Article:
It would be unfair to suggest that in the first “merged” budget speech the finance minister accorded limited attention to the Railways. Yet now that the iron-horse no longer commands an exclusive budget it is imperative that both Houses of Parliament have their customary lengthy discussions on the working of the national “lifeline”. And not for merely sentimental or traditional reasons; a series of recent accidents have raised grave concerns and there is need for examining the potential of the National Rail Safety Fund that Mr Arun Jaitley announced, accepting a key recommendation of the Kakodkar Commission. A monetary provision by itself is no wonder drug, and people would like to know how Suresh Prabhu & Co propose upgrading the various elements of rail safety that should guarantee the paying passenger a safe journey. The three mishaps that cost some 200 lives were bad enough, what was worse was how a section of Railway officials tried to explain them away as acts of sabotage, and pointed accusing fingers across the western border or Left-wing extremism in the central part of the country. The interim reports of the inquiries debunk the sabotage theory, so the minister must explain why he (and to an extent the home minister) allowed themselves to be taken for a ride by officials keen on diverting attention away from criminal neglect of “basics”.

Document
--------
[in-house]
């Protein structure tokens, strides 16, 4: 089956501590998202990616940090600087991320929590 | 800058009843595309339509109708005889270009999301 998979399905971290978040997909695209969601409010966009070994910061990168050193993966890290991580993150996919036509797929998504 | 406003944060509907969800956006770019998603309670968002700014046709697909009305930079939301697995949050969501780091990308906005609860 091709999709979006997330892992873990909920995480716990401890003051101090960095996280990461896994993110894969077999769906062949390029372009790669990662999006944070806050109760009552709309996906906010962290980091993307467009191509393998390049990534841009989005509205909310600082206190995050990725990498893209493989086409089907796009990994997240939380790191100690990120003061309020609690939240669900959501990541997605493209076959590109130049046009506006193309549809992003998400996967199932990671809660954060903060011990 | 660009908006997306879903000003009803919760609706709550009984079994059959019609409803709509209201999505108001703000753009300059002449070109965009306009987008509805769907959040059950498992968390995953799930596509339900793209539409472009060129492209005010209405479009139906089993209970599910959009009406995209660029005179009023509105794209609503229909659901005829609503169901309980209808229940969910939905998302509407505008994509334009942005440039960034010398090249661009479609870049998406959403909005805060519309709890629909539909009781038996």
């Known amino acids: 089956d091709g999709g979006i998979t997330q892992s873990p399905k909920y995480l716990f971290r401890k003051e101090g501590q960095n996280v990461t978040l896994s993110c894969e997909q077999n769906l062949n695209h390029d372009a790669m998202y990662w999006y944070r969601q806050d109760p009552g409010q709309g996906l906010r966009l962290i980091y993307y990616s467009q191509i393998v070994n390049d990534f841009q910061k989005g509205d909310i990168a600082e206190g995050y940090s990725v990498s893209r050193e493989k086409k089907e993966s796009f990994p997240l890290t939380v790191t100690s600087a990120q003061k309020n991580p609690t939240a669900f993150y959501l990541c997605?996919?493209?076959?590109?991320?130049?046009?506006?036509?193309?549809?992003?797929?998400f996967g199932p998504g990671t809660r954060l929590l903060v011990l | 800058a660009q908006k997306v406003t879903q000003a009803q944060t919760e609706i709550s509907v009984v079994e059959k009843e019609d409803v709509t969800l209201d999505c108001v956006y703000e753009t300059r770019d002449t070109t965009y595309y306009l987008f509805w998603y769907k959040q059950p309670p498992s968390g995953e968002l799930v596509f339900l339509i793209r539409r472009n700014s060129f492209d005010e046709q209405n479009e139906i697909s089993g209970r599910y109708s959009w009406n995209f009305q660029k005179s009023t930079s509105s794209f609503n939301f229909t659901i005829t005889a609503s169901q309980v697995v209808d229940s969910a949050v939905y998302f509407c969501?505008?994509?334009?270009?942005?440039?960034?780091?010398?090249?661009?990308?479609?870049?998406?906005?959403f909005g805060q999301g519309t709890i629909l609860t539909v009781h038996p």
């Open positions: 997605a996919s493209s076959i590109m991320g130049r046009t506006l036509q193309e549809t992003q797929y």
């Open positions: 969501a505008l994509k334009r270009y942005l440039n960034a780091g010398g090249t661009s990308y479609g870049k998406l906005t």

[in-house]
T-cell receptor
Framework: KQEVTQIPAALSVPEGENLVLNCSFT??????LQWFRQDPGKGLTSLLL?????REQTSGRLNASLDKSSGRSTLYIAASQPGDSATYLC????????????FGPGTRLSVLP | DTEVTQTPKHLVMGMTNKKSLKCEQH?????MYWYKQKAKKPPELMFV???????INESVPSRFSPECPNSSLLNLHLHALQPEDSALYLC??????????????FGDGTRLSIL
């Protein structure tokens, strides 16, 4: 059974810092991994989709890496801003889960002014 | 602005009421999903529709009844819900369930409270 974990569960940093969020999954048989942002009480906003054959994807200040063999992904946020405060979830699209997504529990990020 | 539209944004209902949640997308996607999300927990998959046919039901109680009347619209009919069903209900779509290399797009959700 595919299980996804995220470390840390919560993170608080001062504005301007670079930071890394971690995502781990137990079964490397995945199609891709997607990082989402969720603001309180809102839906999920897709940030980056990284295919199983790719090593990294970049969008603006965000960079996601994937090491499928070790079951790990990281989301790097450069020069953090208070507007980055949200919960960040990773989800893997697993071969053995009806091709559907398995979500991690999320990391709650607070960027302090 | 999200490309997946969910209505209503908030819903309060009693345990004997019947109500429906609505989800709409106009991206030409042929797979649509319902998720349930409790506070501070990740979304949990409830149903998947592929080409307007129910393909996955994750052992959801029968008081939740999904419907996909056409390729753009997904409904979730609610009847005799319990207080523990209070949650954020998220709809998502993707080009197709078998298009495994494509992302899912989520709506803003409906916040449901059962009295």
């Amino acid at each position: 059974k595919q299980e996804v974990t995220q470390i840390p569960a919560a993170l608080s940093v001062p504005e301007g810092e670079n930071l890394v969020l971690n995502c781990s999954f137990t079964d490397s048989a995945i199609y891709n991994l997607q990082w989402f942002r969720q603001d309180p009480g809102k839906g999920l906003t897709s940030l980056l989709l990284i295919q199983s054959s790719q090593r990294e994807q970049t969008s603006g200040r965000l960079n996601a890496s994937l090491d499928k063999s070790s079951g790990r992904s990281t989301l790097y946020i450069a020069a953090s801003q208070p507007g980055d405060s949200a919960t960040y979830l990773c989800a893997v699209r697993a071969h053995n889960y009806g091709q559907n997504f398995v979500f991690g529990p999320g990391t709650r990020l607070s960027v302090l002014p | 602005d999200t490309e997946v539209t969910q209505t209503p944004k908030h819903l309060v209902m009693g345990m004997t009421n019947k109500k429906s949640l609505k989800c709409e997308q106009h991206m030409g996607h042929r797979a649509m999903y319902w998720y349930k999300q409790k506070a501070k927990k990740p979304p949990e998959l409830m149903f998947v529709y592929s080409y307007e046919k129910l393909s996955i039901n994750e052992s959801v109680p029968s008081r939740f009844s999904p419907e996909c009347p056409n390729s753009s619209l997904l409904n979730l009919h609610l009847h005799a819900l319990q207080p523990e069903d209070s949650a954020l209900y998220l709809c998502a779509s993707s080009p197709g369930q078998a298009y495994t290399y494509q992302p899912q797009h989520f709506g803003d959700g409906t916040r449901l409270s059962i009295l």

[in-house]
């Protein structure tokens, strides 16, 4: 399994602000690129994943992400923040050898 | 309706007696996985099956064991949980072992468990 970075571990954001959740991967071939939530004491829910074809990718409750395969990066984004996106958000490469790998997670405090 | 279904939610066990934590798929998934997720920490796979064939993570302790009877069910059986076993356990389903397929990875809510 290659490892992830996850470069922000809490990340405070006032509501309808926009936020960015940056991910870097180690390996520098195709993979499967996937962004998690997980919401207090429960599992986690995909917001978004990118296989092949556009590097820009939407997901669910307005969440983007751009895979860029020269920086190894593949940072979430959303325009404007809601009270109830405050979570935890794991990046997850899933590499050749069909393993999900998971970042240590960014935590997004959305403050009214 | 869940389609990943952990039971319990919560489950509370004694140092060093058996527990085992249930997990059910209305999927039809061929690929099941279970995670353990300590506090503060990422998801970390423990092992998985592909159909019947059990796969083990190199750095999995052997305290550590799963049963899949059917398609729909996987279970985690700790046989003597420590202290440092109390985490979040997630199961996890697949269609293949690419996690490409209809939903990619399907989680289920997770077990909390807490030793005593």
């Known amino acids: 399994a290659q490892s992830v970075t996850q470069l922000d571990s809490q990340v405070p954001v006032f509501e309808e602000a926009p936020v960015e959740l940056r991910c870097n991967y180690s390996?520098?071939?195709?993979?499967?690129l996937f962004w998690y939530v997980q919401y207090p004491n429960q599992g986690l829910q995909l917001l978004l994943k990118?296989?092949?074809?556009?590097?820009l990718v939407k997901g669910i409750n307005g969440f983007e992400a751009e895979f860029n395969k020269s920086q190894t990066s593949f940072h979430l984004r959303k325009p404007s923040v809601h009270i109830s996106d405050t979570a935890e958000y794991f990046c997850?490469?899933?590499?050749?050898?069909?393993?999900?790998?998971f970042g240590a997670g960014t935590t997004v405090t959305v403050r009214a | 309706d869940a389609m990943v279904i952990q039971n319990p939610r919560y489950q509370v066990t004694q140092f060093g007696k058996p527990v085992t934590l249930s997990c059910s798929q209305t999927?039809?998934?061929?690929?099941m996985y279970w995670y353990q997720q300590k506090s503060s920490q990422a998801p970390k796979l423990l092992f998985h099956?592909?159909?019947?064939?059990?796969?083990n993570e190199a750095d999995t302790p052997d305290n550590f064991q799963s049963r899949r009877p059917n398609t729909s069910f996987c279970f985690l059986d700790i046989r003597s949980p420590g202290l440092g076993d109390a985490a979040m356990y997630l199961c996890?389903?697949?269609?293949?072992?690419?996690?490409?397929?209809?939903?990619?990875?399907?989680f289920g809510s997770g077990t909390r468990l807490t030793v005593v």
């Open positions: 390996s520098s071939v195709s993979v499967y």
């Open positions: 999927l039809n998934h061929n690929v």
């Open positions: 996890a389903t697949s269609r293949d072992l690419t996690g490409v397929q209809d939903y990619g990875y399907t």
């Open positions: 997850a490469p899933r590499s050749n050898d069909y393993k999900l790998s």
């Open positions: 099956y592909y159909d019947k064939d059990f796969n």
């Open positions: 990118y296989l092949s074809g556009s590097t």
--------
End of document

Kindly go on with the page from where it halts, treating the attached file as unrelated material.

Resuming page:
There is more to a “railway debate” in Parliament than safety-related issues. It is true that members often seek to address their constituencies by making unreasonable demands for additional services, new lines and so on, yet they also provide Rail Bhawan and the zonal headquarters important feedback, realistic accounts of the state of affairs prevailing in sections of the system that escape attention. The debate also enables the minister to enlighten the public on various positive initiatives in hand. It is not as though the Railways have not improved over the years, just that there are rising expectations from the country’s largest public-service undertaking. The officials might find it inconvenient to sit through seemingly wayward speeches, not realising that the real relevance of the exercise is a reaffirmation of the special place the Railways command in the public “heart”. And that the “anger” expressed at being neglected is another reflection of the importance of the trains ~ even if it is the movement of freight that finances the operation. There would be valid administrative reasons for merging the budget, yet Parliament must not be the “loser”. The ministers for railways and parliamentary affairs, as well as the presiding officers of both Houses, must join forces to ensure that a merged budget does not add up to junking a highlight of the legislature’s calendar